I’m not sure whether we have any Chinese readers, but if you are in China, I’d like to wish you a very happy Dragon Boat Festival.
I was just reading up on this fascinating holiday, which apparently is a tribute to the ancient philosopher and poet Qu Yuan, who was set up by his peers, sent into exile, and then later drowned himself in the river.
Now, billions of people honor him by throwing delicious stuffed sticky rice dumplings called Zongzi and racing Dragon Boats in order to try and save Qu.
During the 2008 crisis, many large financial institutions, realizing that they had a lot of bad assets, decided to funnel some of the good money out of their system in the way of bonuses for bankers, dividends, and buybacks. It seems the Federal Reserve has learned its lesson and has become a bit more progressive, and so yesterday…
There are some who say this isn’t enough, and that it still leaves room for some capital to flee the system, but at least it’s a start. It’s good to see that bankers will at least now be limited in their ability to throw dumplings out of a sinking boat, and let’s hope they are not racing to save a system that’s already been dead for many years.
Just the Stonks
Stocks are traveling withershins again today, as the boards read blood red. The Dow Jones Industrial Average is down more than 2% as of this writing. Still, we haven’t really surpassed the lows from the brief sell-off two weeks ago so I wouldn’t really call this a panic, and investors are able to maintain a high degree of composure.
Here we can see the three main stock indices in the U.S. Note how the S&P 500 is giving a serious test to it’s 200-day moving average, a benchmark that the Dow has already broken, but the Nasdaq hasn’t even come close to. This just tells you how much investors are gravitating toward tech for the most part.
The selling is certainly understood from a narrative side. We have Vice President Joe Biden gaining in the polls, and coronavirus news is getting worse. The U.S. broke 40,000 new cases in a single day for the first time yesterday.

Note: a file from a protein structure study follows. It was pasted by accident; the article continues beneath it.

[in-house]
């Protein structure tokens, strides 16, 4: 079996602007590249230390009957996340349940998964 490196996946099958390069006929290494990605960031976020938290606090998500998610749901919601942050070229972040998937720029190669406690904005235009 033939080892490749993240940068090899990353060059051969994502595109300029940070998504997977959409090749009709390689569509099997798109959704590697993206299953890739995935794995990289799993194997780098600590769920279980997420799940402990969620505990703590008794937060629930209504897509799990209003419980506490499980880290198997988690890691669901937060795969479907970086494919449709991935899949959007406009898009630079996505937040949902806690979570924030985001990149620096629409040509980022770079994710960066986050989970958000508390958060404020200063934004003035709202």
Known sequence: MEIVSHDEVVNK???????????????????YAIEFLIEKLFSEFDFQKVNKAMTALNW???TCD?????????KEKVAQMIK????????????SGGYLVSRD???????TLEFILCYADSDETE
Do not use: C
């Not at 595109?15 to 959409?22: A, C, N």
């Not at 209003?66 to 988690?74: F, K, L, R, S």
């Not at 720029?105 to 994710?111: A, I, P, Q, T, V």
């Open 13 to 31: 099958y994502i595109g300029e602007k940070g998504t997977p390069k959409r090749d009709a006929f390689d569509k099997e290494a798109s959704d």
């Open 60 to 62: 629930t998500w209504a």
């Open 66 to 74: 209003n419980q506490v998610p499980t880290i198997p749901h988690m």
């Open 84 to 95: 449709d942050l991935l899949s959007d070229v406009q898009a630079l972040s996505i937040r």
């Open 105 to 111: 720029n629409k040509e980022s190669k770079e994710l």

Just as I’m writing, we’ve heard that Texas, one of the key swing states, has re-shut its taverns. This is a double headed blow to the market, both for its health and political implications.
We have seen the stock markets shrug off bad news before, as they remain quite detached from the underlying economy. This is a dynamic that we’ve pointed out a few times already, but I did want to highlight something I recently noticed.
This detachment seems to be confined to the stocks and high-risk markets alone. All other markets, including commodities, forex, and bonds have not really “recovered” since the March sell-off.
Here’s a perfect example of that in the U.S. 10-year bond yields, which fell sharply during the initial COVID-19 impact but have not made any sort of attempt at a recovery since then.
Safe-haven assets like gold, the Japanese yen, and especially the U.S. dollar, remain in high demand Click to tweet
Though the stocks are looking at a weak end to a strong week, I did want to leave you with some fireworks for the weekend.
Here’s the recording of Day 1 at the fantastic online CoinGenius summit yesterday. The recording is about 10 hours of airtime, and starts off with the amazingly talented Meltem Demirors with a bullet.
I’m on at approximately 1:25:00 on a panel with Wolf of All Streets’ Scott Melker and CryptoBirb, but the entire thing just seems like pure fire.